What next for the ORB

At the end of last year I had an optimist feeling that for 2014 the ORB would see a raft of new bonds coming to the market

As we come to the end of Q1 this optimism appears to be misplaced. The number of new listings; (or was that a solitary listing?)  have been woeful, and the increase in volumes would have been much worse if it was not for existing bonds being topped up under current listings.

I had a belief, as widely predicted,  that late 2014 early 2015 would be the cusp for  the upward movement in interest rates. Subsequently it is assumed that CFOs and alike would in early 2014 be reviewing their debut provision over the medium to long term and would look  to lock their borrowing in at  rock-bottom levels. This  does not appear to have materialized.  This then begs the question that when all factors indicate now is the time for the ORB to flourish, why is it not?

Much has been made about business being able to attain loans at competitive rates, but from my analysis of Blue Chip 250, AIM and FTSE listed companies, they have by in large been able to access competitive finance over the last 2-3 years. It was the next tier of small to medium size  PLCs, and Ltd companies  that had struggled to find finance as banks and financial institutions tighten their lending criteria. This however has eased over the last 18 months with the addition of  peer and crowd lending, as well as government backed loans, interest rates for these types of businesses have reduced considerably

A look at the ORB in comparison to its siblings in Italy and Germany show that the ORB is dominated by large/PLC companies as opposed to a more widespread range of companies (If anything in Germany the bourse is more skewed to the SME sector.) I cannot with any certainty state that to bring a bond to market via the ORB is a more or less costly than using a Continental bourse, but with a greater proliferation  of small companies I think it would fair to assume that cost is not as greater a factor in bring a bond to market in Italy or Germany as say to the UK.  

By nature I took the razzmatazz of the ORB birthday celebrations last month with a degree of skepticism, and for the press release and  online material that was released it did appear that there was an element of talking up a bad situation. Clearly the ORB, and three years on from its launch, is not obtaining the volumes that are needed to make this sustainable, nor is it  appealing to as wide a potential field as other more established bourses have.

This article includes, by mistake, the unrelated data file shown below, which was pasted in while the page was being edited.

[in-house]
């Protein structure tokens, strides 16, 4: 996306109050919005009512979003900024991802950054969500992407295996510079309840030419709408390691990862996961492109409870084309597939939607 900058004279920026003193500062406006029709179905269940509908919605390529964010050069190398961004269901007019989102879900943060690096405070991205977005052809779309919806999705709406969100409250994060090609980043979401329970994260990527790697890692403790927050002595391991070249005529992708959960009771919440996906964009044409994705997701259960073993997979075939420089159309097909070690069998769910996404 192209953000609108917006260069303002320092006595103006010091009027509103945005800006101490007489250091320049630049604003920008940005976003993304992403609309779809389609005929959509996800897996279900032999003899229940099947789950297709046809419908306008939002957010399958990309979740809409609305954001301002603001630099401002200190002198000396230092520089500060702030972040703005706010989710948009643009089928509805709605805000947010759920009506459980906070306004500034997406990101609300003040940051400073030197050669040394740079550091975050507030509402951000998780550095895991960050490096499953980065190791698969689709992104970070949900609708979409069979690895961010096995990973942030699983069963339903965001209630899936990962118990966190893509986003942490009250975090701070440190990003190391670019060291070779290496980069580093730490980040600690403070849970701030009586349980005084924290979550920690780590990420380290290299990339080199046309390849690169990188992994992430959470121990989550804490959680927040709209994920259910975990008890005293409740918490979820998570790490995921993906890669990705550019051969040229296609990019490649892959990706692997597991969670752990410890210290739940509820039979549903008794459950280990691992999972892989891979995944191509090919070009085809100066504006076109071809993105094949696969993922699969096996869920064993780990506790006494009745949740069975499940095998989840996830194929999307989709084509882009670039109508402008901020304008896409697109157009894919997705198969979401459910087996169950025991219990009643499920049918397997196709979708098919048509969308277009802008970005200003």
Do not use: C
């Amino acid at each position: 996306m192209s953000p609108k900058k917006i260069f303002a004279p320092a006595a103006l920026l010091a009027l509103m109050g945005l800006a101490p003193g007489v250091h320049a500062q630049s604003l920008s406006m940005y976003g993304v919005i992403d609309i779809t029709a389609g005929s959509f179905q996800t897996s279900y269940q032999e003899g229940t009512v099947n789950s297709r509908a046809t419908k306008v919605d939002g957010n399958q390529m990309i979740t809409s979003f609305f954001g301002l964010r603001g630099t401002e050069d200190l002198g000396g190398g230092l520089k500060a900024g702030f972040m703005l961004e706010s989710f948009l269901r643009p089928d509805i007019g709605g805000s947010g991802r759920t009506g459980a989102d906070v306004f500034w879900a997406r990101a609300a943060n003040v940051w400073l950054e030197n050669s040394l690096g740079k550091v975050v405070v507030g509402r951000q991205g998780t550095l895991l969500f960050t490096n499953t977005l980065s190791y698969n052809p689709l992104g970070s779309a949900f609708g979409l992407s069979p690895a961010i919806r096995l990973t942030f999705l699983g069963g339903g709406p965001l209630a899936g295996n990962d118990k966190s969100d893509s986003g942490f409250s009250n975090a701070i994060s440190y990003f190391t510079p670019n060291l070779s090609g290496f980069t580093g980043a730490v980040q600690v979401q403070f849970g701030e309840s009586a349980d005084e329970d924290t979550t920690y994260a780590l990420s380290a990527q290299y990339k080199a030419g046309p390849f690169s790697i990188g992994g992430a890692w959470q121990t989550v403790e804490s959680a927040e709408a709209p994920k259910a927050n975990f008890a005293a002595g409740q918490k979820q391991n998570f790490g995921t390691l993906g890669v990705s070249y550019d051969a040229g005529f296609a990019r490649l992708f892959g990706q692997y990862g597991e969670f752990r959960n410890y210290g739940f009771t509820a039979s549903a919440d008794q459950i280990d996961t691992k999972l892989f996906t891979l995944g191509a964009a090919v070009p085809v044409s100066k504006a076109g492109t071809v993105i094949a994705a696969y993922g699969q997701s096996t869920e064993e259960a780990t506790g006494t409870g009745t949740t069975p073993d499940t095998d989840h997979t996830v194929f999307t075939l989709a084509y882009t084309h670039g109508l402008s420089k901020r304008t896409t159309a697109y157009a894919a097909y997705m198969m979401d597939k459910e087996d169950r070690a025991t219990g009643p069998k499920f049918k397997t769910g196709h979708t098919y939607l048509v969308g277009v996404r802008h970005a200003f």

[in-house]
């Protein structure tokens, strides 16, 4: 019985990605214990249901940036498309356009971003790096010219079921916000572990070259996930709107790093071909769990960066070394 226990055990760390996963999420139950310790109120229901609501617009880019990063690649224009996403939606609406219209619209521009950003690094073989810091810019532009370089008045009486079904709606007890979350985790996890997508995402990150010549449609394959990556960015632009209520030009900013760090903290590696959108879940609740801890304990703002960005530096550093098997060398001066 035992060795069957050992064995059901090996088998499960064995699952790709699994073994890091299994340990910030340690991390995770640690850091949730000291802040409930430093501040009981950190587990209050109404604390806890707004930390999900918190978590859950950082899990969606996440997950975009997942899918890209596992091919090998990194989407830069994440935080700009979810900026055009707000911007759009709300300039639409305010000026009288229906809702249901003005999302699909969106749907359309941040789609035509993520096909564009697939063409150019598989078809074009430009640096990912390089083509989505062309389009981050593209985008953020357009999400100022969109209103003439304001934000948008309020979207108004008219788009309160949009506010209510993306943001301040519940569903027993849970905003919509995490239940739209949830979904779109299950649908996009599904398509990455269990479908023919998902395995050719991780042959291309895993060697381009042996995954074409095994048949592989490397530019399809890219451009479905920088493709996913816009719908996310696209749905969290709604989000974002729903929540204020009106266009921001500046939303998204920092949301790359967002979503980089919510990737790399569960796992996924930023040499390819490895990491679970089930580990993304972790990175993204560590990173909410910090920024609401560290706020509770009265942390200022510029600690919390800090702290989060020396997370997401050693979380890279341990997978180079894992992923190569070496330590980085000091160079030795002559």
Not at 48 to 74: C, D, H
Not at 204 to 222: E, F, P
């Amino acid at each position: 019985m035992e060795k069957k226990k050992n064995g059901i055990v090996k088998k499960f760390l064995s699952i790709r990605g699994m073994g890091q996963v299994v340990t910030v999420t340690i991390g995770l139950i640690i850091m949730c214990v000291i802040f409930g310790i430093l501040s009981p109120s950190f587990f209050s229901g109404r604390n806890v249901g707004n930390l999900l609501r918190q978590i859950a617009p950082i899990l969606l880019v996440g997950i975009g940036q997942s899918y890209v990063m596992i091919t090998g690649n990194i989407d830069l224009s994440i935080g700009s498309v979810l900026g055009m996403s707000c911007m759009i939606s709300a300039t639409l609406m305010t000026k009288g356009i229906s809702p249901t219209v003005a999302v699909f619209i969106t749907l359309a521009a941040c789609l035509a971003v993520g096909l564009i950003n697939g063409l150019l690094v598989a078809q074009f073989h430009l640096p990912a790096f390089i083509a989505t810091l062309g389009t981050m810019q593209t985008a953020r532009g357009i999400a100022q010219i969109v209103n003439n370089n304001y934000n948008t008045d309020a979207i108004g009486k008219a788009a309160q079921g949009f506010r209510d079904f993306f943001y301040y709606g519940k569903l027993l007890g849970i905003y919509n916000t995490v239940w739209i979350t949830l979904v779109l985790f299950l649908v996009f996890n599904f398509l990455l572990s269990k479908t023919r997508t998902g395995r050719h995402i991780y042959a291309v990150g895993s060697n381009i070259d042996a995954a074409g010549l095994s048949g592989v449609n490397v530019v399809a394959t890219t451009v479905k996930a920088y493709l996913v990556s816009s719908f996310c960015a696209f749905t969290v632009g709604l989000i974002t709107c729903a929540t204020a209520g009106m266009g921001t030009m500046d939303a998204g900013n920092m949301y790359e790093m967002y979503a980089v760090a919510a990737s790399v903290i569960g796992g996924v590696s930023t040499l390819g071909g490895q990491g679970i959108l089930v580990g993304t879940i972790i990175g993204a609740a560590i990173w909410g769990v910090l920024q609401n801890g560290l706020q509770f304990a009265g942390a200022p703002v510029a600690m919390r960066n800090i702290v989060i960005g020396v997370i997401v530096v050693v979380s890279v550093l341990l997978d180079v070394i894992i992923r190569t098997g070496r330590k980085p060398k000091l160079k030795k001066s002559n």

Would be interest to hear how others see the current situation and where they see the ORB in the future?

PS – Sods law dictates that in the next 30 days  20 bonds will come the market representing all segments, ownership types, and sizes  and thus once again it is all sweetness and light in the ORB world : )


  • Like you I have been disappointed by the lack of new issues. So much so, that I have started investing a fair proportion of my savings in managed funds. Now this is something I'm not over keen on in the current environment. I am expecting that in a potentially lower return period ahead of us with the markets looking fully valued, that the charges will become more significant against the backdrop of lower returns. I sat on a significant proportion of cash for a while and feel I have been somewhat sucked back into the market. I always have felt that that I would take slightly more risks than I should at my stage of life. If it works out, I'll retire early. If it doesn't, I'll work for a few more years. I quite enjoy my job, so the prospect of working a little longer than I intended does not really bother me.
  • Morning All

    Well, ISA season coming in to full swing now. People with their current year scrambling to throw money at something with a decent yield and the balance with ISAs to open for the new tax year. New ISA rules about to make it easier to move from stocks to shares and vice versa. Everything pointing to the sweetest of spots for issuance and so far......nothing. Surely some enterprising companies need funding somewhere?!